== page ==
Science and Law
22nd March 2013

Science Fails to Demonstrate Adverse Health Effects of Pesticides

The impending arrival of spring conjures up images of verdant lawns, robust gardens, and fresh summer fruits. But recent articles impugning the safety of pesticides make these harbingers of spring somewhat less appealing.

Science Fails to Demonstrate Adverse Health Effects of Pesticides

The impending arrival of spring conjures up images of verdant lawns, robust gardens, and fresh summer fruits. But recent articles impugning the safety of pesticides make these harbingers of spring somewhat less appealing. Before you buy into the notion that pesticides are hazardous, it’s important to conduct a thoughtful analysis of the scientific literature on the issue.

In one recent article, Mostafalou reviews the general evidence that pesticides potentially cause a cornucopia of health issues, including cancer, birth defects, reproductive disorders, Parkinson’s disease, Alzheimer’s, ALS, diabetes, cardiovascular disease, chronic nephropathies, and respiratory disease, among others. Based on this extensive list of adverse health claims, it appears that there is a great deal to worry about from pesticide exposure. Indeed, the article concludes: “The relationship between these diseases and environmental exposures, particularly pesticides, increasingly continues to strengthen.”

In another article, Ioannis focuses on the alleged connection between pesticides and dementia.The article concludes, “To this date several studies have provided evidence for an increasingly important epidemiological link between cognitive decline and pesticide exposure…”

Both articles conclude that pesticides pose a serious health risk to humans. However, neither piece offers an objective review of the available scientific literature. They selectively focus on research studies that support the relationship between pesticides and adverse health effects. They neglect to consider the substantial research that fail to report a connection.

In addition to focusing only on research that demonstrates a link between pesticides and adverse health effects, the articles review the theoretical (unproven) mechanism through which pesticides could cause adverse health effects. But they concede little is known about the mechanism.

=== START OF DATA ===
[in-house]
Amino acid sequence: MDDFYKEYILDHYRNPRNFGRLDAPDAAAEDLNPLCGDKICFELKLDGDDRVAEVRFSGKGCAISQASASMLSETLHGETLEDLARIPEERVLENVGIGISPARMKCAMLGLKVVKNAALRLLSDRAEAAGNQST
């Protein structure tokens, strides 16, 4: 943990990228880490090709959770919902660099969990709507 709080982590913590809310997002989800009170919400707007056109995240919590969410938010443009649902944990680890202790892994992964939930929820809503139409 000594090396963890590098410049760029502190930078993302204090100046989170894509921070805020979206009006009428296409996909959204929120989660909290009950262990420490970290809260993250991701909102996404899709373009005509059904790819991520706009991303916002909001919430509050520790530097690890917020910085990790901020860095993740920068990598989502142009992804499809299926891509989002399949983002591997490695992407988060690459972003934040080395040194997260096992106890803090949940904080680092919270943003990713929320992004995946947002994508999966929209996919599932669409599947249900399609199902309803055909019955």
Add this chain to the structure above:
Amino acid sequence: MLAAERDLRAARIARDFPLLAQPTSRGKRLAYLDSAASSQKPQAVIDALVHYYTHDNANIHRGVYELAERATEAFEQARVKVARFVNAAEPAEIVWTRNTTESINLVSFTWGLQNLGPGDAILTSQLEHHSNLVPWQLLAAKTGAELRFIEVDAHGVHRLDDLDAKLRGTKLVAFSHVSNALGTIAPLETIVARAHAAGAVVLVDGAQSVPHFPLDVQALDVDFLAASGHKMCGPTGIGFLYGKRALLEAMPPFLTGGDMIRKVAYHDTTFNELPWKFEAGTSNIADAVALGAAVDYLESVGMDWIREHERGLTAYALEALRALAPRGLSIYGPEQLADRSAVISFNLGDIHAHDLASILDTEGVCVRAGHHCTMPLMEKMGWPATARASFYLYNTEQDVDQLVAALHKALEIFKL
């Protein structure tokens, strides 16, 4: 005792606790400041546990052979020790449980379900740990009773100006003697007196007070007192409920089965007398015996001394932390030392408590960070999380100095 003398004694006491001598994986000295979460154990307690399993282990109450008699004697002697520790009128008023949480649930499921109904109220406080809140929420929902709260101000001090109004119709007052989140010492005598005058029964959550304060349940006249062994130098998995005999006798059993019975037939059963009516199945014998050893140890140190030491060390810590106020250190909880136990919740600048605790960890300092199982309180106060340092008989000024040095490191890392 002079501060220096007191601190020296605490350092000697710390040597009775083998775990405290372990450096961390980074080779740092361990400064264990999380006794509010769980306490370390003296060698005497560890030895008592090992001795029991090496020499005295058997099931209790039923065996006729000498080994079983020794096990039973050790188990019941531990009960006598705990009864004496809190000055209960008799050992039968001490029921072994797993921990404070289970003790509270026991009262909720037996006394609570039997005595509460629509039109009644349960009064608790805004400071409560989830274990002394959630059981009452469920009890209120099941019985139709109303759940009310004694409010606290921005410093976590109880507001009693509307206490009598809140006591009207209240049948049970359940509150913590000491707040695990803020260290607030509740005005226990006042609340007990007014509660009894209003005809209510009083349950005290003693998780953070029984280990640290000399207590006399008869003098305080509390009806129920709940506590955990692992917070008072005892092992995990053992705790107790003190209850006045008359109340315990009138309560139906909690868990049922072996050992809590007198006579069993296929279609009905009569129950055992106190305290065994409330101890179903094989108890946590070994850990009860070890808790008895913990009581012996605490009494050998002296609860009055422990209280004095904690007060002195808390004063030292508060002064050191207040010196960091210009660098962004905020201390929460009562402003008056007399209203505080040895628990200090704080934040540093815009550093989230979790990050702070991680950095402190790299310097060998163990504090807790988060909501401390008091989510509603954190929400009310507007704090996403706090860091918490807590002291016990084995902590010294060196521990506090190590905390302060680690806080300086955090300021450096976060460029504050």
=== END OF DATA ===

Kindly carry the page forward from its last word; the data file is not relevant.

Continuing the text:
Finally, both articles evaluate the various chemical ingredients in pesticides in animal studies. In general, animal studies evaluate much higher doses than people would be exposed to in the real world. Thus, studies of the type cited in the Mostafalou and the Ioannis papers make use of two different extrapolations: (1) assuming that data in animals can be extrapolated to humans; and (2) assuming that data from high dose exposures can be extrapolated to lower dose exposures. Indeed, EPA has stated:

“Pesticides are designed to (in most cases) kill pests. Many pesticides can also pose risks to people. However, in many cases the amount of pesticide people are likely to be exposed to is too small to pose a risk.”

 The authors of both articles failed to perform a systematic analysis of the evidence, known as a “systematic review” or “weight of the evidence” analysis. A critical feature of this approach is that all of the evidence is identified and collected systematically, according to specific rules.

When the evidence is evaluated systematically according to an objective set of criteria, quite a different picture emerges. For example, investigators at Mt. Sinai School of Medicine recently performed a weight of the evidence analysis on the carcinogenicity of one commonly used herbicide, atrazine. In their abstract, they state:  “A weight-of-evidence approach leads to the conclusion that there is no causal association between atrazine and cancer and that occasional positive results can be attributed to bias or chance.”

Another evaluation used a similar weight of the evidence approach to determine if there was any reliable evidence to support a causal link between pesticides and colon cancer and rectal cancer in agricultural pesticide applicator populations (individuals who apply pesticides in the field). Similar to the Mt. Sinai study, these investigators conclude that when evaluated rigorously and systematically, there was no evidence to support a causal association.

Above image courtesy of Toa55 / FreeDigitalPhotos.net

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